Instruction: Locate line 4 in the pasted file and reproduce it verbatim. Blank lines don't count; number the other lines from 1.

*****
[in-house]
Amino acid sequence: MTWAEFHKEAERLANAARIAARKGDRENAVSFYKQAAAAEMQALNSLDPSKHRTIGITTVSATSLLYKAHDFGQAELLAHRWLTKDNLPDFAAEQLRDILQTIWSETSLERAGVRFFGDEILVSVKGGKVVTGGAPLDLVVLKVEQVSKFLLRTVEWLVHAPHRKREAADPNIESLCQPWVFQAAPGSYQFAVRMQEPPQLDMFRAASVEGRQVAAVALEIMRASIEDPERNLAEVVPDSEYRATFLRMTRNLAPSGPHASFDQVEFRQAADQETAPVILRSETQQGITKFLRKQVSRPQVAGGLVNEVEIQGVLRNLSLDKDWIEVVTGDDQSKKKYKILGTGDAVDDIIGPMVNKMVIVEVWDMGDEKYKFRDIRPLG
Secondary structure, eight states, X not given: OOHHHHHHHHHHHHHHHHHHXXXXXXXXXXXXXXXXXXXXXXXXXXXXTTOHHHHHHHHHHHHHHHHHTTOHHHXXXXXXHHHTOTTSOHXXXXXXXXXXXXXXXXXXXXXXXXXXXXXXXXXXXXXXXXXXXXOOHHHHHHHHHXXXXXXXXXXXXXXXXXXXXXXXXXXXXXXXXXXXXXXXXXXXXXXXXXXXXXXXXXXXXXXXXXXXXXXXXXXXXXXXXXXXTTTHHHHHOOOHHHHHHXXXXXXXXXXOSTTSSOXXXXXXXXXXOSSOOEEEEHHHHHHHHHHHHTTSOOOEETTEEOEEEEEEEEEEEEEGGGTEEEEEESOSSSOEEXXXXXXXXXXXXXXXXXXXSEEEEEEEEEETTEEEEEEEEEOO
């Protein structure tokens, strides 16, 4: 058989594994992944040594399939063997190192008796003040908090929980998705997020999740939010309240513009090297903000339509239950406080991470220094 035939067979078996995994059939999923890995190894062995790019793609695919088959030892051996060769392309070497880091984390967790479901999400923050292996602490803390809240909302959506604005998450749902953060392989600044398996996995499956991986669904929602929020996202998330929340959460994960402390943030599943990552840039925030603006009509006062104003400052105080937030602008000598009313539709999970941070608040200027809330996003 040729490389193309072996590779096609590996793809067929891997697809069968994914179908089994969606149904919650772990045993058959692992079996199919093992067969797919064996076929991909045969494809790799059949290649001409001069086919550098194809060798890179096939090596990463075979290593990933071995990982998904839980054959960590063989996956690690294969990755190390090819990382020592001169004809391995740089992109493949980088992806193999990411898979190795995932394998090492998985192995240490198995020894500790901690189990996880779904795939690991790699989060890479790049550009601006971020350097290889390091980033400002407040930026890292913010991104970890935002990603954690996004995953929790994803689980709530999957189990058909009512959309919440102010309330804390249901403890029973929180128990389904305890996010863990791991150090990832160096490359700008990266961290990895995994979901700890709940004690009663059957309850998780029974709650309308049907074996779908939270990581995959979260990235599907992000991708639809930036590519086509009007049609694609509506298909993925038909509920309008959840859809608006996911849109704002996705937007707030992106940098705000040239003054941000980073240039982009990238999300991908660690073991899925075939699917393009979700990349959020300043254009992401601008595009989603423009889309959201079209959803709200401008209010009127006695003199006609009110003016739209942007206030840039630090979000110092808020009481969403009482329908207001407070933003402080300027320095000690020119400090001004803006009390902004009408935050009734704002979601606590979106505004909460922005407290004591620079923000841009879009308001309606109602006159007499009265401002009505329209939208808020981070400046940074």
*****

């Protein structure tokens, strides 16, 4: 058989594994992944040594399939063997190192008796003040908090929980998705997020999740939010309240513009090297903000339509239950406080991470220094 035939067979078996995994059939999923890995190894062995790019793609695919088959030892051996060769392309070497880091984390967790479901999400923050292996602490803390809240909302959506604005998450749902953060392989600044398996996995499956991986669904929602929020996202998330929340959460994960402390943030599943990552840039925030603006009509006062104003400052105080937030602008000598009313539709999970941070608040200027809330996003 040729490389193309072996590779096609590996793809067929891997697809069968994914179908089994969606149904919650772990045993058959692992079996199919093992067969797919064996076929991909045969494809790799059949290649001409001069086919550098194809060798890179096939090596990463075979290593990933071995990982998904839980054959960590063989996956690690294969990755190390090819990382020592001169004809391995740089992109493949980088992806193999990411898979190795995932394998090492998985192995240490198995020894500790901690189990996880779904795939690991790699989060890479790049550009601006971020350097290889390091980033400002407040930026890292913010991104970890935002990603954690996004995953929790994803689980709530999957189990058909009512959309919440102010309330804390249901403890029973929180128990389904305890996010863990791991150090990832160096490359700008990266961290990895995994979901700890709940004690009663059957309850998780029974709650309308049907074996779908939270990581995959979260990235599907992000991708639809930036590519086509009007049609694609509506298909993925038909509920309008959840859809608006996911849109704002996705937007707030992106940098705000040239003054941000980073240039982009990238999300991908660690073991899925075939699917393009979700990349959020300043254009992401601008595009989603423009889309959201079209959803709200401008209010009127006695003199006609009110003016739209942007206030840039630090979000110092808020009481969403009482329908207001407070933003402080300027320095000690020119400090001004803006009390902004009408935050009734704002979601606590979106505004909460922005407290004591620079923000841009879009308001309606109602006159007499009265401002009505329209939208808020981070400046940074």